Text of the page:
This activity is intended for healthcare providers delivering care to women and their families.
After completing this activity, the participant should be better able to:
1. Define EIF
2. Explain the association of EIF with Trisomy 21
Estimated time to complete activity: 0.25 hours
Postgraduate Institute for Medicine (PIM) requires faculty, planners, and others in control of educational content to disclose all their financial relationships with ineligible companies. All identified conflicts of interest (COI) are thoroughly vetted and mitigated according to PIM policy. PIM is committed to providing its learners with high quality accredited continuing education activities and related materials that promote improvements or quality in healthcare and not a specific proprietary business interest of an ineligible company.
The PIM planners and others have nothing to disclose. The OBG Project planners and others have nothing to disclose.
Faculty: Susan J. Gross, MD, receives consulting fees from Cradle Genomics, and has financial interest in The ObG Project, Inc.
Planners and Managers: The PIM planners and managers, Trace Hutchison, PharmD, Samantha Mattiucci, PharmD, CHCP, Judi Smelker-Mitchek, MBA, MSN, RN, and Jan Schultz, MSN, RN, CHCP have nothing to disclose.
Fees for participating and receiving CME credit for this activity are as posted on The ObG Project website. During the period from 12/01/2022 through 12/01/2024, participants must read the learning objectives and faculty disclosures and study the educational activity.
If you wish to receive acknowledgment for completing this activity, please complete the test and evaluation. Upon registering and successfully completing the test with a score of 100% and the activity evaluation, your certificate will be made available immediately.
In support of improving patient care, this activity has been planned and implemented by the Postgraduate Institute for Medicine and The ObG Project. Postgraduate Institute for Medicine is jointly accredited by the Accreditation Council for Continuing Medical Education (ACCME), the Accreditation Council for Pharmacy Education (ACPE), and the American Nurses Credentialing Center (ANCC), to provide continuing education for the healthcare team.
Postgraduate Institute for Medicine designates this enduring material for a maximum of 0.25 AMA PRA Category 1 Credit(s)™. Physicians should claim only the credit commensurate with the extent of their participation in the activity.
The maximum number of hours awarded for this Continuing Nursing Education activity is 0.2 contact hours.Read Disclaimer & Fine Print
An echogenic intracardiac focus (EIF) is a relatively common finding, even in otherwise normal fetuses. It is not a structural abnormality and considered a normal variant representing calcified deposits in the muscle of the fetal heart that appear as bright spots on prenatal ultrasound. SMFM considers an EIF a “soft marker” which is a “minor ultrasound finding” associated with an increased risk of aneuploidy.
If EIFs Are Seen in Isolation
If Other Anomalies are Present
Note: SMFM guidance does not recommend diagnostic testing for isolated soft markers if aneuploidy screening is negative, but supports offering diagnostic testing as an option to all pregnant people regardless of aneuploidy risk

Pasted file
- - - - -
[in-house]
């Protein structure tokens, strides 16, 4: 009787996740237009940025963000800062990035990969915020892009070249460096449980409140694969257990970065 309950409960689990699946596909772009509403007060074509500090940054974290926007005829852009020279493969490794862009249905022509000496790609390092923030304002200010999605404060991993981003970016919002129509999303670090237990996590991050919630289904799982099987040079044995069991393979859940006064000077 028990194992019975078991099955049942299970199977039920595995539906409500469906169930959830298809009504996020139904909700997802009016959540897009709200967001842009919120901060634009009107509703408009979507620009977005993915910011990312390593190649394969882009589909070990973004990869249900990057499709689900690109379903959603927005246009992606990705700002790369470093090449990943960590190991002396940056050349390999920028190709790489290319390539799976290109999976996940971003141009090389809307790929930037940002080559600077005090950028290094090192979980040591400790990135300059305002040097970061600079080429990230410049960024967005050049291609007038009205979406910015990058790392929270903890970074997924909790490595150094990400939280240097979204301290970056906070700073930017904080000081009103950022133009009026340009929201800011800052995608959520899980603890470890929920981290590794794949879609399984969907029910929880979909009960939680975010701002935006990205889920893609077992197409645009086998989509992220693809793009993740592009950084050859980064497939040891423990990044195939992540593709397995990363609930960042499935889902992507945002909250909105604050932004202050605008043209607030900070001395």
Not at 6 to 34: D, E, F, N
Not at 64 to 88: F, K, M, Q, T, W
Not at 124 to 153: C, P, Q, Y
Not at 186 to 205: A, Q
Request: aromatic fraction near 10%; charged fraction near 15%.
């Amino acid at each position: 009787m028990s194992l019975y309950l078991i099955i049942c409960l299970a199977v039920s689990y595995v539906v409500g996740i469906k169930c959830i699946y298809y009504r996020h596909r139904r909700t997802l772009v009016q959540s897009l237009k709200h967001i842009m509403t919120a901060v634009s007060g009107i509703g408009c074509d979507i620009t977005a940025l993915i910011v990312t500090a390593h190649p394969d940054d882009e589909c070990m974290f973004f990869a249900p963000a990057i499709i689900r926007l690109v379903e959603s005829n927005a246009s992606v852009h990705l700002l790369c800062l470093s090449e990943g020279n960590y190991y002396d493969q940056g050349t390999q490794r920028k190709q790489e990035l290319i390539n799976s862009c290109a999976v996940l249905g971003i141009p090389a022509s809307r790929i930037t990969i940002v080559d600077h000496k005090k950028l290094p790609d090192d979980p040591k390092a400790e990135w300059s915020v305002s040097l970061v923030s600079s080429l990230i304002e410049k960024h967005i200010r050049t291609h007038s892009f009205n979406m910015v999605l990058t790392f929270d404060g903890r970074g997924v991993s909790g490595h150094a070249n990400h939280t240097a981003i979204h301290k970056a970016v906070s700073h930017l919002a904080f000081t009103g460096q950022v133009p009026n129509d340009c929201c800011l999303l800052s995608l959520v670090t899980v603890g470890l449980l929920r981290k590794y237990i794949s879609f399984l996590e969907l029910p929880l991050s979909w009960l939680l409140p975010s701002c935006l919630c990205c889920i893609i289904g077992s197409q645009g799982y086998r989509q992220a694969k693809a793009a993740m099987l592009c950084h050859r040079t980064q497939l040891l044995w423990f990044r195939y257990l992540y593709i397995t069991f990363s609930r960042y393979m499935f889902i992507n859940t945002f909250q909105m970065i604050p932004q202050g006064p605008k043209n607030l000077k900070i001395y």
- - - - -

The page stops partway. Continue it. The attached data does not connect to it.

An EIF is the presence of a small (< 6mm) echogenic area in one or both of the cardiac ventricles, observed in at least two planes (ex. 4 chamber view, left ventricular outflow tract view) and as bright as bone. EIF may also be referred to as a papillary muscle microcalcification. EIFs are a fairly common second trimester finding, seen in 3 to 5% of euploid fetuses. Older studies described EIF as a soft marker for Trisomy 21, but subsequent literature has suggested a minimal risk with an isolated EIF.
ACOG Practice Bulletin 226: Screening for Fetal Chromosomal Abnormalities
ACOG Practice Bulletin 162: Prenatal Diagnostic Testing for Genetic Disorders
ACOG Practice Bulletin 175: Ultrasound in Pregnancy
ACOG Committee Opinion No. 682: Microarrays and Next-Generation Sequencing Technology: The Use of Advanced Genetic Diagnostic Tools in Obstetrics and Gynecology
Society for Maternal-Fetal Medicine Consult Series #57: Evaluation and management of isolated soft ultrasound markers for aneuploidy in the second trimester
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This educational activity may contain discussion of published and/or investigational uses of agents that are not indicated by the FDA. The planners of this activity do not recommend the use of any agent outside of the labeled indications.
The opinions expressed in the educational activity are those of the faculty and do not necessarily represent the views of the planners. Please refer to the official prescribing information for each product for discussion of approved indications, contraindications, and warnings.
Participants have an implied responsibility to use the newly acquired information to enhance patient outcomes and their own professional development. The information
presented in this activity is not meant to serve as a guideline for patient management. Any procedures, medications, or other courses of diagnosis or treatment discussed or suggested in this activity should not be used by clinicians without evaluation of their patient’s conditions and possible contraindications and/or dangers in use, review of any applicable manufacturer’s product information, and comparison with recommendations of other authorities.
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